There is no hope unless God himself has punched a hole in the ceiling of the universe and our great Captain Jesus Christ, who has opened a cleft in the pitiless walls of the universe, bids us come to see him. He has entered in. He was born. He died for our sins. Now he’s raised again. He has risen from the dead. If all that’s true, then you can be saved, then there’s hope for the future, then your sins can be forgiven, then you can have a relationship with God, then the Spirit of God can come into your life and change you.
When people come to me and say, ‘What does the Bible teach I should do when I’m persecuted?’ I say, ‘It’s simple. You want to not go get them and hate them. The Bible says reverse that. You have to go get them and love them.’ What do people say? ‘Impossible. That’s ridiculous.’ Of course, that’s what the Bible says you’re supposed to do. That’s what turn the other cheek means.
Turn the other cheek does not mean you let people walk all over you. Absolutely not. Paul didn’t; he appealed to Caesar. Jesus didn’t; he protested when he was struck. ‘Hey, this is illegal,’ he said. The Bible always says you uphold justice for the sake of justice, but you let God be the judge. You give over the ultimate judgment of that person’s character to God and you go after justice without any vengefulness in your heart. You forgive.
It is typical for non-Christians today to say that the cross of Christ makes no sense. ‘Why did Jesus have to die? Why couldn’t God just forgive us?’ Actually no one who has been deeply wronged ‘just forgives’! If someone wrongs you, there are only two options: (1) you make them suffer, or (2) you refuse revenge and forgive them and then you suffer. And if we can’t forgive without suffering, how much more must God suffer in order to forgive us? If we unavoidably sense the obligation and debt and injustice of sin in our soul, how much more does God know it? On the cross we see God forgiving us, and that was possible only if God suffered. On the cross God’s love satisfied his own justice by suffering, bearing the penalty for sin. There is never forgiveness without suffering, nails, thorns, sweat, blood. Never.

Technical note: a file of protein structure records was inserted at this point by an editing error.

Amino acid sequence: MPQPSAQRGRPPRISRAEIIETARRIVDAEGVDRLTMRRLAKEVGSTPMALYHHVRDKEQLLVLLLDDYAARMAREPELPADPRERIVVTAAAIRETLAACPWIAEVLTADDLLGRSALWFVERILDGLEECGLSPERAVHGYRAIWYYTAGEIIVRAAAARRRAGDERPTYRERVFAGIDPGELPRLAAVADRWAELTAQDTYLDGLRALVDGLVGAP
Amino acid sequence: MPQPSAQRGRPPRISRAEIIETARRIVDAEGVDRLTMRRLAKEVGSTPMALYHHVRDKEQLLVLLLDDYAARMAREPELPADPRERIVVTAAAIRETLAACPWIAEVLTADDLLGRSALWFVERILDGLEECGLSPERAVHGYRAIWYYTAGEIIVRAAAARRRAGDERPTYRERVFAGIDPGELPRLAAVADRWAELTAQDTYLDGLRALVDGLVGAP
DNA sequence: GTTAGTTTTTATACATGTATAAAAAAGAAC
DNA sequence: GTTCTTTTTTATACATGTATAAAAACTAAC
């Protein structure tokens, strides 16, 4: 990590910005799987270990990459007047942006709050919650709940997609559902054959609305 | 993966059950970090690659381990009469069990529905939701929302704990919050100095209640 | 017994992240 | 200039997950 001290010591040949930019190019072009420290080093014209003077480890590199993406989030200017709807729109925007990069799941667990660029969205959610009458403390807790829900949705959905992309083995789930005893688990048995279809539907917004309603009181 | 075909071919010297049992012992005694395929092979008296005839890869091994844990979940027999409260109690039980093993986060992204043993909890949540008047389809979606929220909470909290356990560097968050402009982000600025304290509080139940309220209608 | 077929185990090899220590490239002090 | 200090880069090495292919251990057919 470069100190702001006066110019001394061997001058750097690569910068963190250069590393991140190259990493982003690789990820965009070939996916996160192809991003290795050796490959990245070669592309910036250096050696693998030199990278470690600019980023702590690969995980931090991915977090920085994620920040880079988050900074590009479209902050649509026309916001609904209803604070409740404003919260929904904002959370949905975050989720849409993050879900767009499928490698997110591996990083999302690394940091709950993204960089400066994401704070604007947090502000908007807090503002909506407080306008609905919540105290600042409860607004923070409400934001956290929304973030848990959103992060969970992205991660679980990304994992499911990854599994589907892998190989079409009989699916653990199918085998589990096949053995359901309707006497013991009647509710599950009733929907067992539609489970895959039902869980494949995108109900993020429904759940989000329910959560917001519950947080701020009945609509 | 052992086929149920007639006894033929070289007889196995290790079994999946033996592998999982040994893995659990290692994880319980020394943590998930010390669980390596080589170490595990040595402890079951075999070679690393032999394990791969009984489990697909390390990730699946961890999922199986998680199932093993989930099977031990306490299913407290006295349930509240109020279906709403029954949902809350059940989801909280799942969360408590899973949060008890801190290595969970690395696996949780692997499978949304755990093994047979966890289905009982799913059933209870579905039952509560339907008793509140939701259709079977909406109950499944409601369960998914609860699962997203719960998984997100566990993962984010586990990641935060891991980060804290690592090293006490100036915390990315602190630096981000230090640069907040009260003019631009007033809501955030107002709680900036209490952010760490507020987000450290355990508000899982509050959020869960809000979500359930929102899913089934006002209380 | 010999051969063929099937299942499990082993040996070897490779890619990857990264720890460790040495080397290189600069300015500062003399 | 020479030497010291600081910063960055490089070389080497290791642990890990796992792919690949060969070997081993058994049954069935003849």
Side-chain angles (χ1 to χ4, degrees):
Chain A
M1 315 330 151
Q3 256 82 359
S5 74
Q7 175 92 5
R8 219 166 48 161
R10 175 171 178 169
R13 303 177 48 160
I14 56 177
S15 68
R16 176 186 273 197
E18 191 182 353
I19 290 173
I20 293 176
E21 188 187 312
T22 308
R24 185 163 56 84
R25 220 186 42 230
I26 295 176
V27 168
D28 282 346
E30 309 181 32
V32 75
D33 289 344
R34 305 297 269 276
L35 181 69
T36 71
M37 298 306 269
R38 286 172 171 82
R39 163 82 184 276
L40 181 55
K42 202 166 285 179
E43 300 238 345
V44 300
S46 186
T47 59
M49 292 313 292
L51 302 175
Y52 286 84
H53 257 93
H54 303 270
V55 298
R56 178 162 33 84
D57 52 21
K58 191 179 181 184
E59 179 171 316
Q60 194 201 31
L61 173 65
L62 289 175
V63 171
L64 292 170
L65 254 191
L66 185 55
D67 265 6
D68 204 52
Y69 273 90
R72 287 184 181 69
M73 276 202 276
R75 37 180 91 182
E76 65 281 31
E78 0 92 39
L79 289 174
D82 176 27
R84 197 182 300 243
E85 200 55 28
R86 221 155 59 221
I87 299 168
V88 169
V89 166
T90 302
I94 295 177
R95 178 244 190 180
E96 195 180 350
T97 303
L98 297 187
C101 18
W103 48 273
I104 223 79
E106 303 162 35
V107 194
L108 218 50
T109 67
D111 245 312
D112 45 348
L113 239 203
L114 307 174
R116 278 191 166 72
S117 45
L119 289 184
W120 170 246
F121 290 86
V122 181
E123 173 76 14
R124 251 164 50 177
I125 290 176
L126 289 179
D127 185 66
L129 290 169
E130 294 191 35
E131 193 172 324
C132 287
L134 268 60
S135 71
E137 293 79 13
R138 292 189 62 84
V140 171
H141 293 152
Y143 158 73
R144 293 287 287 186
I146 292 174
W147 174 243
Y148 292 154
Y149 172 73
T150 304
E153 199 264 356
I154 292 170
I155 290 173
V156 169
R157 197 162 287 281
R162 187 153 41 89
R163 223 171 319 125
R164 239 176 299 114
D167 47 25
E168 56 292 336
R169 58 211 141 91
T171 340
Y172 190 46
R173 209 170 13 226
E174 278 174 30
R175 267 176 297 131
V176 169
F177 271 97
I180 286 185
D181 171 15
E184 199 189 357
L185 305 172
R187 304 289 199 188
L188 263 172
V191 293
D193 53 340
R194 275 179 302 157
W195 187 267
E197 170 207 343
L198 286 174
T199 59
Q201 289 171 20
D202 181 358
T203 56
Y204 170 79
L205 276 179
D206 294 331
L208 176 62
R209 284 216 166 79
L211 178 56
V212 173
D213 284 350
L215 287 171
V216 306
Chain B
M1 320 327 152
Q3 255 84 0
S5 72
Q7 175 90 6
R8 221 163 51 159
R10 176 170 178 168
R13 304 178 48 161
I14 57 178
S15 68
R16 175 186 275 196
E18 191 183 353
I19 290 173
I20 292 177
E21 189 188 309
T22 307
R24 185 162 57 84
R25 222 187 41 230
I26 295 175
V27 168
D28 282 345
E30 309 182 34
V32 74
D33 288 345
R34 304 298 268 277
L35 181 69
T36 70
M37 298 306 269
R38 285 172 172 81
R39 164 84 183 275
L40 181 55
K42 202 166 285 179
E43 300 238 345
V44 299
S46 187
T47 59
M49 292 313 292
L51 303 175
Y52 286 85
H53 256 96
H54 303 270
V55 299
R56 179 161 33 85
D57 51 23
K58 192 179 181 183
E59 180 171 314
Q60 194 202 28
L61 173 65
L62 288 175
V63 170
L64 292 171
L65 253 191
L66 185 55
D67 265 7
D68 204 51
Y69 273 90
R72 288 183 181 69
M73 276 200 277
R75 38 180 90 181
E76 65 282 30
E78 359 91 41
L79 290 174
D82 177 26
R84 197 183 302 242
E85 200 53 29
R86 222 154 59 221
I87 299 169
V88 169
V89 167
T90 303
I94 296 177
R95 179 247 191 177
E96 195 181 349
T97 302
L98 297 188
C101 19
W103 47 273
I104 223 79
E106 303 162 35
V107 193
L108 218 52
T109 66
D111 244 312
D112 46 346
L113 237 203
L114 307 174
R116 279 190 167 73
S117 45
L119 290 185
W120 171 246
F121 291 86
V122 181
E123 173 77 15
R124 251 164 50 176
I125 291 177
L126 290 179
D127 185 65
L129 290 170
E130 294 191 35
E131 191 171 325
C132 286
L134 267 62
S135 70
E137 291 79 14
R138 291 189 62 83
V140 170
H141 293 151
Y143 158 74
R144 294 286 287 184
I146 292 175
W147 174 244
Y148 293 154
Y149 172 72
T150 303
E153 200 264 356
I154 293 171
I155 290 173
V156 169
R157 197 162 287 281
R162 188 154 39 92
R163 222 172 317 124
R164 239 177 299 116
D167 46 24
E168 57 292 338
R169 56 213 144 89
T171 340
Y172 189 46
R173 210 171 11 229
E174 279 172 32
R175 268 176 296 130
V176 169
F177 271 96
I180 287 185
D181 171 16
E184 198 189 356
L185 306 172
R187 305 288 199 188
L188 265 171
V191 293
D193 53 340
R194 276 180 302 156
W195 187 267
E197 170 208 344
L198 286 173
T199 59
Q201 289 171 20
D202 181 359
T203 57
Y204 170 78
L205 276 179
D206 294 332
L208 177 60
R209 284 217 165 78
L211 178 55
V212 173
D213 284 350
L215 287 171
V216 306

The only way to free ourselves from the destructive influence of counterfeit gods is to turn back to the true one. The living God, who revealed himself both at Mount Sinai and on the Cross, is the only Lord who, if you find him, can truly fulfill you, and, if you fail him, can truly forgive you.
God’s love and forgiveness can pardon and restore any and every kind of sin or wrongdoing. It doesn’t matter who you are or what you’ve done. It doesn’t matter if you’ve deliberately oppressed or even murdered people, or how much you’ve abused yourself… There is no evil that the Father’s love cannot pardon and cover, there is no sin that is a match for his grace.
Objection: The angry God. Christianity seems to be built around the concept of a condemning, judgmental deity. For example, there’s the cross – the teaching that the murder of one man (Jesus) leads to the forgiveness of others. But why can’t God just forgive us? The God of Christianity seems a left-over from primitive religions where peevish gods demanded blood in order to assuage their wrath.
Response: On the cross God does not demand our blood but offers his own. 1) All forgiveness of any deep wrong and injustice entails suffering on the forgiver’s part. If someone truly wrongs you, because of our deep sense of justice, we can’t just shrug it off. We sense there’s a ‘debt.’ We can then either a) make the perpetrator pay down the debt you feel (as you take it out of his hide in vengeance!) in which case evil spreads into us and hardens us b) or you can forgive – but that is enormously difficult. But that is the only way to stop the evil from hardening us as well. 2) If we can’t forgive without suffering (because of our sense of justice) its not surprising to learn that God couldn’t forgive us without suffering – coming in the person of Christ and dying on the cross.